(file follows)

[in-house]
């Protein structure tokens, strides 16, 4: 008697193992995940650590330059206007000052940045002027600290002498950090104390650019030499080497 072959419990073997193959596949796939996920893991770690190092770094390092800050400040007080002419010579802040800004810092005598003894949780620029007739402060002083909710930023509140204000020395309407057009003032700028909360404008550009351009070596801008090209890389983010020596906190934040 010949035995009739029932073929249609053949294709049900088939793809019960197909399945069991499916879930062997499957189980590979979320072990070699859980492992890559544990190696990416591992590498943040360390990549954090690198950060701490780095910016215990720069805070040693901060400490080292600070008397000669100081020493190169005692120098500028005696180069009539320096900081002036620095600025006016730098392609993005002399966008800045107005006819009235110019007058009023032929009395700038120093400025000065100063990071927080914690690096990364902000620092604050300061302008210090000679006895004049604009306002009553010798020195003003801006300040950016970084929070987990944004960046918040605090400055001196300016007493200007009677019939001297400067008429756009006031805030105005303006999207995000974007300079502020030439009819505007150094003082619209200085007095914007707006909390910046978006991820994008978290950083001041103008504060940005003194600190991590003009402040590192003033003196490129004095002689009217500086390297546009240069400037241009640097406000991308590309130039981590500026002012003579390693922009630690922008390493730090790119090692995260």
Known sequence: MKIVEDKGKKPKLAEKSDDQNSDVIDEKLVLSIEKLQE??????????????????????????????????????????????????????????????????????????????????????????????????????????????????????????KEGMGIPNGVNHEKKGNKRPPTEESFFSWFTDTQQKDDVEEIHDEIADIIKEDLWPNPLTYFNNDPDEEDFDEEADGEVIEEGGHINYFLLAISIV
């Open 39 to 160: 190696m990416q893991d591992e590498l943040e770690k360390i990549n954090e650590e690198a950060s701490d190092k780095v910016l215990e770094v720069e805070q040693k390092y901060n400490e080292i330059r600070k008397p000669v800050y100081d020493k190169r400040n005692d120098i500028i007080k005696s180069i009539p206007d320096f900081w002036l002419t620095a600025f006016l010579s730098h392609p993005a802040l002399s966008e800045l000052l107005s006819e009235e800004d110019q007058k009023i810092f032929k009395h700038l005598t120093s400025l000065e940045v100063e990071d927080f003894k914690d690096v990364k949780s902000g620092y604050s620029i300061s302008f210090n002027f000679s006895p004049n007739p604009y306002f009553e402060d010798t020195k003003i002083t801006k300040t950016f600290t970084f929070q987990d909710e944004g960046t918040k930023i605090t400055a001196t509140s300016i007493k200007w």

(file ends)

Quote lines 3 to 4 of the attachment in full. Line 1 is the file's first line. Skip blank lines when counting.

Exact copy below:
Known sequence: MKIVEDKGKKPKLAEKSDDQNSDVIDEKLVLSIEKLQE??????????????????????????????????????????????????????????????????????????????????????????????????????????????????????????KEGMGIPNGVNHEKKGNKRPPTEESFFSWFTDTQQKDDVEEIHDEIADIIKEDLWPNPLTYFNNDPDEEDFDEEADGEVIEEGGHINYFLLAISIV
């Open 39 to 160: 190696m990416q893991d591992e590498l943040e770690k360390i990549n954090e650590e690198a950060s701490d190092k780095v910016l215990e770094v720069e805070q040693k390092y901060n400490e080292i330059r600070k008397p000669v800050y100081d020493k190169r400040n005692d120098i500028i007080k005696s180069i009539p206007d320096f900081w002036l002419t620095a600025f006016l010579s730098h392609p993005a802040l002399s966008e800045l000052l107005s006819e009235e800004d110019q007058k009023i810092f032929k009395h700038l005598t120093s400025l000065e940045v100063e990071d927080f003894k914690d690096v990364k949780s902000g620092y604050s620029i300061s302008f210090n002027f000679s006895p004049n007739p604009y306002f009553e402060d010798t020195k003003i002083t801006k300040t950016f600290t970084f929070q987990d909710e944004g960046t918040k930023i605090t400055a001196t509140s300016i007493k200007w």